said first end being connected to said upper edge of said reservoir,
said second end connected to and supporting said spigot
said arm and spigot being rotatable about said upper edge from a position exterior of said reservoir to a position where said spigot engages said discharge passage in said closed state.
4. The insert of claim 3 wherein: said reservoir has an upper edge defining an open top, which top is adapted to be covered by a sealing member to provide a sealed reservoir.
5. The insert of claim 4 further comprising:
a support member having a first end integrally connected to said stationary segment of said reservoir and extending into said reservoir to engage and support said spigot in said closed state of said valve.
6. The insert of claim 3 further comprising:
a support member having a first end integrally connected to said stationary segment of said reservoir and extending into said reservoir to engage and support said spigot in said closed state of said valve.
7. An insert adapted to be mounted in a multi-component container to hold one of the components of the container, comprising:
a reservoir and a valve member,
said reservoir having a wall and a sealing sheet across the top of said wall
said wall having a stationary segment and an expandable segment that includes a plurality of
annular fold lines of opposite sense, rotation about said fold lines providing a contracted state and an expanded state,
said expandable segment having a discharge passage,
said valve member engageable with said discharge passage when said expandable segment is in its contracted state, thus providing a closed state for said discharge passage,
said valve member and said discharge passage in said closed state providing a one way gas leakage path into said reservoir,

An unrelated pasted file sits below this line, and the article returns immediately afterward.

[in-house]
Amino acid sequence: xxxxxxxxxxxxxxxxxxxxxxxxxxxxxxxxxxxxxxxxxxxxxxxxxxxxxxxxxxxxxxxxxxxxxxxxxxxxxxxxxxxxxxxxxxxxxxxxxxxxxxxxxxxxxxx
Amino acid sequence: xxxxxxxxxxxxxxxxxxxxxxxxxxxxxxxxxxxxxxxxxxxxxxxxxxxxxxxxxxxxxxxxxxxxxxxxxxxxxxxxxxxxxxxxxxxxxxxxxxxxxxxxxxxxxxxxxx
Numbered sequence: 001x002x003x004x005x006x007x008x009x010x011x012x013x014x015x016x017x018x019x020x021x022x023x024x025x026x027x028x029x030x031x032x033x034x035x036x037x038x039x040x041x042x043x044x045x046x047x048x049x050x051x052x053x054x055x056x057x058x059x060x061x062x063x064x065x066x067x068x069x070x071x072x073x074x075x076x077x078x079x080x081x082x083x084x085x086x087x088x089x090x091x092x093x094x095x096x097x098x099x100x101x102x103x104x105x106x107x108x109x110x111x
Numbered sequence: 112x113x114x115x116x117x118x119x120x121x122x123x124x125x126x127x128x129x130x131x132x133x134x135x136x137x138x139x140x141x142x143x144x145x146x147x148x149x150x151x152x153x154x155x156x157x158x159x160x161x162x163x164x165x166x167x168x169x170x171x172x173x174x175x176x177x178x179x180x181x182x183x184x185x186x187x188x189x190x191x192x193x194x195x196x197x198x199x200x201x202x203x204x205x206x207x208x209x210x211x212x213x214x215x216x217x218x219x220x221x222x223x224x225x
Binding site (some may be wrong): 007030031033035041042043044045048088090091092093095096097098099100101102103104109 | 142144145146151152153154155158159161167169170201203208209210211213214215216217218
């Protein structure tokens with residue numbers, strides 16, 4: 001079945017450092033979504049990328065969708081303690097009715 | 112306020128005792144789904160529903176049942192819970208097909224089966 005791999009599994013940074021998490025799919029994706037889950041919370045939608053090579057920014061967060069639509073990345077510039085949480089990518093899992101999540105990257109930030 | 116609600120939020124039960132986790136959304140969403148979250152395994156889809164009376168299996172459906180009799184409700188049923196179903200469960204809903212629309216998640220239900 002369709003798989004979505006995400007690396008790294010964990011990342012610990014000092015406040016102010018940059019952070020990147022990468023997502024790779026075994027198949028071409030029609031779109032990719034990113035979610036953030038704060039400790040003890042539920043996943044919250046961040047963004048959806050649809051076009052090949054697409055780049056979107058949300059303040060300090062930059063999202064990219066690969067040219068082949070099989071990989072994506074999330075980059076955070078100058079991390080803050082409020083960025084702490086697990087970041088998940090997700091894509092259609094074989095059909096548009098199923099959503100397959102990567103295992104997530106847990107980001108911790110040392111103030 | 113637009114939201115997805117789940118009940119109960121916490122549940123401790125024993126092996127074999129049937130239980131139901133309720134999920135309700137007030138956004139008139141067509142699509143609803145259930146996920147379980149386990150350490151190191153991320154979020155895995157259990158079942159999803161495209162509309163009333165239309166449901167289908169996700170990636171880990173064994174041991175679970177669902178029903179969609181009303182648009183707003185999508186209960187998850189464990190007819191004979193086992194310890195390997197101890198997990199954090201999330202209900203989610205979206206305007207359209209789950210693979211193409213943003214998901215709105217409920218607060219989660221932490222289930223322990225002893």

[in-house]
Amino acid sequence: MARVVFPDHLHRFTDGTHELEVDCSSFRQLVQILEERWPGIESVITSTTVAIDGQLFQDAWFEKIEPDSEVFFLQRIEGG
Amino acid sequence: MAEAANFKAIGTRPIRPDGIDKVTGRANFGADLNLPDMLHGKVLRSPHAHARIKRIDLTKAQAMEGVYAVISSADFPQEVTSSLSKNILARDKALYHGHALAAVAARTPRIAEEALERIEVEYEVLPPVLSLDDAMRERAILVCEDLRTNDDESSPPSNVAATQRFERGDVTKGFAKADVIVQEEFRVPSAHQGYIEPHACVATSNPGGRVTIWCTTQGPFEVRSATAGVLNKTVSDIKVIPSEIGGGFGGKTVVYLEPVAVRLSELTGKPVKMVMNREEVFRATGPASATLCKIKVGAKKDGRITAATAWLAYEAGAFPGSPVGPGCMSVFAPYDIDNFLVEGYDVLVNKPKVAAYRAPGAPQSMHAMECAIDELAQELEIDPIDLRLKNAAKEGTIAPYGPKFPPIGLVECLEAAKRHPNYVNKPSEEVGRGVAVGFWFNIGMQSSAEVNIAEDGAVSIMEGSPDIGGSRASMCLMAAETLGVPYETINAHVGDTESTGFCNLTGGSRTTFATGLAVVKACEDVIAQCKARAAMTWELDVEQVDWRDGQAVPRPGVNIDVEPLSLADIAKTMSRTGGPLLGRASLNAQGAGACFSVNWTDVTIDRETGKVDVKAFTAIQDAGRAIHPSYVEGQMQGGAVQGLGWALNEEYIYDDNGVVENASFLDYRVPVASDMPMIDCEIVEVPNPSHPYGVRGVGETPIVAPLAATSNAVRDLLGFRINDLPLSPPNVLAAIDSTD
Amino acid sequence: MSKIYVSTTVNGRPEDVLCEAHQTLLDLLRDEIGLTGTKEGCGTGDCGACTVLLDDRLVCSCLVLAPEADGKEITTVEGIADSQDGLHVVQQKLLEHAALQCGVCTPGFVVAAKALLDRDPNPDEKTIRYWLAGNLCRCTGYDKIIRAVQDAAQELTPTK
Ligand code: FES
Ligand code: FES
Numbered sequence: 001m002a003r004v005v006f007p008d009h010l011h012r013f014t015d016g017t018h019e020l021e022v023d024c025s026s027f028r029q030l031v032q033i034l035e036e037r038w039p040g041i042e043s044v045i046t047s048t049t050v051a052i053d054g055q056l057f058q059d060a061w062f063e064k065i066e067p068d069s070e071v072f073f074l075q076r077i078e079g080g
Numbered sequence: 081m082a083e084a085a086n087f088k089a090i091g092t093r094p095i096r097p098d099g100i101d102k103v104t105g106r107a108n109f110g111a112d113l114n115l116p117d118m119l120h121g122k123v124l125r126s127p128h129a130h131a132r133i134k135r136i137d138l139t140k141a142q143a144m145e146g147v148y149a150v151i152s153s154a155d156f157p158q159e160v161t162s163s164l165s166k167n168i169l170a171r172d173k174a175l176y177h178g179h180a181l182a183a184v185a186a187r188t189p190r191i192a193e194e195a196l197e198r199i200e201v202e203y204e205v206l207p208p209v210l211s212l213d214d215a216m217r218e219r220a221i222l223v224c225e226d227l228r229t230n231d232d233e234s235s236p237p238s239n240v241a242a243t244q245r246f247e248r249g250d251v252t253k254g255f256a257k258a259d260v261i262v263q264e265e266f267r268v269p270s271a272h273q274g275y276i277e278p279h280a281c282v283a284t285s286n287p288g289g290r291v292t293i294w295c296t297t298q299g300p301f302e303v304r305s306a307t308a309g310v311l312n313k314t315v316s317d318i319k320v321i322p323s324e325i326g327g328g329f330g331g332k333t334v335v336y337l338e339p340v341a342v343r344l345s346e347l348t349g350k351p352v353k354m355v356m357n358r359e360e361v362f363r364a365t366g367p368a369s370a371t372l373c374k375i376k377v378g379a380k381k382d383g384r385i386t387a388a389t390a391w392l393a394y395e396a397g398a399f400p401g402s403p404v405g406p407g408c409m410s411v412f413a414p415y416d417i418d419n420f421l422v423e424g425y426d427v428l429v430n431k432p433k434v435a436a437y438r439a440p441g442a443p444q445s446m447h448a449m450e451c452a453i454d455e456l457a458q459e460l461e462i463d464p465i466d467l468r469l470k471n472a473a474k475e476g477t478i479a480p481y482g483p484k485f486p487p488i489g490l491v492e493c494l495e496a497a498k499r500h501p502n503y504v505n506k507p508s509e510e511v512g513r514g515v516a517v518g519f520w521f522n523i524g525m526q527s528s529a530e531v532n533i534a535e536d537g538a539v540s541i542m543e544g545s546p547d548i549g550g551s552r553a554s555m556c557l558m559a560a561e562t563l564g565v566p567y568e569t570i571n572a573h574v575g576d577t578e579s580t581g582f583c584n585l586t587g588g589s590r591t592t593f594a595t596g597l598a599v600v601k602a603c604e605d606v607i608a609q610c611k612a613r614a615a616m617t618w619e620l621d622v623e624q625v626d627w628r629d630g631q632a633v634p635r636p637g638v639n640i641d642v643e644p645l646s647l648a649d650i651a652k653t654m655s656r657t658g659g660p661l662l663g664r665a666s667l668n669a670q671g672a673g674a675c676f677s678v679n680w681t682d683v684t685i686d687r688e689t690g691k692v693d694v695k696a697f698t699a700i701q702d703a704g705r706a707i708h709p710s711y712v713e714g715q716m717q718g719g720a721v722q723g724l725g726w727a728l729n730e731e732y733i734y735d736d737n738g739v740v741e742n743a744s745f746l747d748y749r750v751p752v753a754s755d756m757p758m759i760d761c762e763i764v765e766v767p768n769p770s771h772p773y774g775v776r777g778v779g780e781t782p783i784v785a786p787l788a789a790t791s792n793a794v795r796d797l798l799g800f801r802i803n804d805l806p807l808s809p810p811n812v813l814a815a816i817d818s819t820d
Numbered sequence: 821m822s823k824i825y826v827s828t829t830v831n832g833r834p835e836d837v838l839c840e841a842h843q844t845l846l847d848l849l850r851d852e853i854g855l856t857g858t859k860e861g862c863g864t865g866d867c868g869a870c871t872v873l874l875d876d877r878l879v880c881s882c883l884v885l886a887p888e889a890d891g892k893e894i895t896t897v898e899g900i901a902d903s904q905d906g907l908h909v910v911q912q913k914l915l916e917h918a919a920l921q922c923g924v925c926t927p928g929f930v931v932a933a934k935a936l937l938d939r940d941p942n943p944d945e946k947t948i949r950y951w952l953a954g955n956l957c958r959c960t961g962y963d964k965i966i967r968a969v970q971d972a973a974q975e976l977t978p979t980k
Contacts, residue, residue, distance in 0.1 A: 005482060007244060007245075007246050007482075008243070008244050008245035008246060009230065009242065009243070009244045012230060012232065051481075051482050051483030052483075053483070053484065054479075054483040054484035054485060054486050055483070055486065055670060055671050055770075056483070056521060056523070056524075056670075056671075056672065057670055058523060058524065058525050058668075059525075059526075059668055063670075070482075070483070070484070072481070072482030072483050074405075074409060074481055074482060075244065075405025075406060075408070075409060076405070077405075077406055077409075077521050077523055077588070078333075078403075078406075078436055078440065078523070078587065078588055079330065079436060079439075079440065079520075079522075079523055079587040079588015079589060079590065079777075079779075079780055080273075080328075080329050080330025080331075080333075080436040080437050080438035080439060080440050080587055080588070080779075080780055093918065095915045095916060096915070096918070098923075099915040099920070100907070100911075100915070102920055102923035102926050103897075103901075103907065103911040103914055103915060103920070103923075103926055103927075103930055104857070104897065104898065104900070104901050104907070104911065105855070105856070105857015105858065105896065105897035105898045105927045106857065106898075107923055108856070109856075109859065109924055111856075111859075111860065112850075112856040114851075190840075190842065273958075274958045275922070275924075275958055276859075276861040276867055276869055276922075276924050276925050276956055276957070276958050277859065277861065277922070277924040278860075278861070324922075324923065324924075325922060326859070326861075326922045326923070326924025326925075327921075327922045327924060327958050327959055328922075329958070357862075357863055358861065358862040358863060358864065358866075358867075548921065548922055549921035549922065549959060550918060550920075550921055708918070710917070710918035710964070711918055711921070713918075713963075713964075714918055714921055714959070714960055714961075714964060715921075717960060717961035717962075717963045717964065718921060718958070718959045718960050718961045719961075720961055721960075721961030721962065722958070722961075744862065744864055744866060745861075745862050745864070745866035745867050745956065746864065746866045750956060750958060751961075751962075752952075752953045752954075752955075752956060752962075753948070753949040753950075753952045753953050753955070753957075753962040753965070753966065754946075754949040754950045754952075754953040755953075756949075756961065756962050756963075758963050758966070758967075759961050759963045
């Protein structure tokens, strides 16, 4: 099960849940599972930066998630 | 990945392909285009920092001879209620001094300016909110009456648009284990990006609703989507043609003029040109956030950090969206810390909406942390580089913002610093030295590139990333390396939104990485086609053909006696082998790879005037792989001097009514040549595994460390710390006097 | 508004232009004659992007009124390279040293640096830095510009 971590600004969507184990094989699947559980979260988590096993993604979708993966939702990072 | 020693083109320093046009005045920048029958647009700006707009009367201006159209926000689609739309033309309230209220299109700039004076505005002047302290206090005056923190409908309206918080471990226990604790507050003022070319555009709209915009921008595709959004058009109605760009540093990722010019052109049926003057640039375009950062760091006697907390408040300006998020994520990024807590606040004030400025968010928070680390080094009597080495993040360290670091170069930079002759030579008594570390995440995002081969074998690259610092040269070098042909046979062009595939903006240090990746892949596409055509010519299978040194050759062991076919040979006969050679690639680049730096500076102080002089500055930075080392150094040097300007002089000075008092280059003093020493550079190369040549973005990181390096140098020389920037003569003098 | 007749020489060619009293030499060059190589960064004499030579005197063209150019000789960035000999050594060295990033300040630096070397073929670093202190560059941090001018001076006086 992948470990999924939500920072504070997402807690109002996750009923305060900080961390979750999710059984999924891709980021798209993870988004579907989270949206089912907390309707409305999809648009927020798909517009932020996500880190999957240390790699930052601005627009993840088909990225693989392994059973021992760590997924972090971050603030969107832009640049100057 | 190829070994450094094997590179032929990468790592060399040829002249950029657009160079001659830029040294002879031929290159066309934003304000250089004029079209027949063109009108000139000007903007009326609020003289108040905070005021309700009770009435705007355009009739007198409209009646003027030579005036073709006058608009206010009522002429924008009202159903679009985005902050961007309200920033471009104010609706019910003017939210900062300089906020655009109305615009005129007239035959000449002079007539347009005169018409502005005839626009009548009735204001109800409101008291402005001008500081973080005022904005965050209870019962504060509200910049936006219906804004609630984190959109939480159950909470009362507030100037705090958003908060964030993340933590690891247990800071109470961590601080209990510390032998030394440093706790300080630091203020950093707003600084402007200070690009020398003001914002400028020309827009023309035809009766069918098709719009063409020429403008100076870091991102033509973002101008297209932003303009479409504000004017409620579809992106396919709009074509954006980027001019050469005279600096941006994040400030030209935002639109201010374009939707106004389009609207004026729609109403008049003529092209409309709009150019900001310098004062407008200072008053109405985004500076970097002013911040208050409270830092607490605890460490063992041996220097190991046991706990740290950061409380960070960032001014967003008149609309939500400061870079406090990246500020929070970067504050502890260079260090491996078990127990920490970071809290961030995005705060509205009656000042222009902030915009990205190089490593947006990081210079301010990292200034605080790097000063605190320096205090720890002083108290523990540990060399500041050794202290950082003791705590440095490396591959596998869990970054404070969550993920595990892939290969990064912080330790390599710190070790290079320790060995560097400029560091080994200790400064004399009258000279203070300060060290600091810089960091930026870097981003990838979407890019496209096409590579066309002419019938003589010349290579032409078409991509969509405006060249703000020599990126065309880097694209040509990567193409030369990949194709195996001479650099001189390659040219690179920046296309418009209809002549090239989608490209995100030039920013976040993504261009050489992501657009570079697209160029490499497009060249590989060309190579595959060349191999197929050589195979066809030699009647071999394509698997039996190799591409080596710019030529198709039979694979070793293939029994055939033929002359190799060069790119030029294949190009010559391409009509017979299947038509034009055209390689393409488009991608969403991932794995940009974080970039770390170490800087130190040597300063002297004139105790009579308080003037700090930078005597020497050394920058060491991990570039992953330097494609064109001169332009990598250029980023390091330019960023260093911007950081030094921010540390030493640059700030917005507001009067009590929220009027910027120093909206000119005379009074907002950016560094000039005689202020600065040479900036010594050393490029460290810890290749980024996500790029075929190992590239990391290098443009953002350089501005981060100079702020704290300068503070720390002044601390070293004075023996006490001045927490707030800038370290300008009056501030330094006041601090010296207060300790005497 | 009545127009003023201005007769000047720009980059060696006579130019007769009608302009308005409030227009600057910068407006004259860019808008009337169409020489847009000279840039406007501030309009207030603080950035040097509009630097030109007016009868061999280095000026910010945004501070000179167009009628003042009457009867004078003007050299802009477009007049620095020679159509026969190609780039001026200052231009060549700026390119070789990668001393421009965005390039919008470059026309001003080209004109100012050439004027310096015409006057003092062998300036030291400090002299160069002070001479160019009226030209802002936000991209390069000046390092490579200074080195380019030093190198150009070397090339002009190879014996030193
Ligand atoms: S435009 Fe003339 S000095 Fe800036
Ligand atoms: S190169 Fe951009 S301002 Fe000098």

said valve member and said discharge passage disengaging when said expandable segment moves into its expanded state, thus providing an open state for said discharge passage,
whereby assembly of said insert containing one of the components and in said closed state into a container permits leakage of gas from a higher pressure area outside said reservoir through said gas leakage path into said reservoir to provide increased pressure inside said reservoir, and
whereby subsequent removal of gas pressure from the exterior of said reservoir will cause the increased pressure in said reservoir to expand said expandable segment into its expanded state and provide said open state for said discharge passage, thus causing the component in said reservoir to be expelled into the rest of the container.
8. The insert of claim 7 wherein: said reservoir has an upper edge and said valve member includes:
a rotatable arm having first and second ends, and
a spigot,
said first end being connected to said upper edge of said reservoir,
said second end connected to and supporting said spigot
said arm and spigot being rotatable about said upper edge from a position exterior of said reservoir to a position where said spigot engages said discharge passage in said closed state.
9. The insert of claim 8 further comprising:
a support member having a first end integrally connected to said stationary segment of said reservoir and extending into said reservoir to engage and support said spigot in said closed state of said valve.
Description
CROSS-REFERENCES TO RELATED APPLICATIONS

This application claims priority to International Application No. PCT/GB2006/003991 filed Oct. 25, 2006, which claims priority to Great Britain Application No. 0601018.5 filed Jan. 18, 2006. This application is also a continuation-in-part of U.S. patent Ser. No. 11/456,929 filed Jul. 12, 2006, the entire disclosure of which is hereby incorporated by reference.

The present invention relates to inserts for multiple component containers, which contain two or more different substances or components which are stored separately but are mixed together at the time the container is opened.